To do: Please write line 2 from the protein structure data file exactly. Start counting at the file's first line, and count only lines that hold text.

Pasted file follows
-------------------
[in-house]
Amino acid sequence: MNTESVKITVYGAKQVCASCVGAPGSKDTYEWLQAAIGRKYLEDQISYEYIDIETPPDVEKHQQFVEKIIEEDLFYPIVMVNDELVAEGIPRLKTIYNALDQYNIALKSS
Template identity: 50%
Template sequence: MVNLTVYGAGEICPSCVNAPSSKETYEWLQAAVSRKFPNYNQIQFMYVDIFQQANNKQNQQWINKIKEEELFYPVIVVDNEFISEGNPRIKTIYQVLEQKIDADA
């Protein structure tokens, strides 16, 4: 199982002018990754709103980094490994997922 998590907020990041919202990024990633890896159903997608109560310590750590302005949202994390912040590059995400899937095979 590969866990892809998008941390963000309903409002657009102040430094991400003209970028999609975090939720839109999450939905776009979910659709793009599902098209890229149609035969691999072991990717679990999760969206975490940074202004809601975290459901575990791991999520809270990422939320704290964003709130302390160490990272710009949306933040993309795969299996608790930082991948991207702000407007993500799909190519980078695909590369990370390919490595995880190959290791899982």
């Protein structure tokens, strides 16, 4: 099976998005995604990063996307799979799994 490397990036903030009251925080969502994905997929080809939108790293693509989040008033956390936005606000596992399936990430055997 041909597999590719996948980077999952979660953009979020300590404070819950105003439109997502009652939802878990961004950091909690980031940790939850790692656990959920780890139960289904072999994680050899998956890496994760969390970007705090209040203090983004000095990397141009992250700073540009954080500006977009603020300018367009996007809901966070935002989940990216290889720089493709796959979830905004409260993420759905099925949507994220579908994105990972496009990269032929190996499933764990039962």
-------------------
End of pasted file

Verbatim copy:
Amino acid sequence: MNTESVKITVYGAKQVCASCVGAPGSKDTYEWLQAAIGRKYLEDQISYEYIDIETPPDVEKHQQFVEKIIEEDLFYPIVMVNDELVAEGIPRLKTIYNALDQYNIALKSS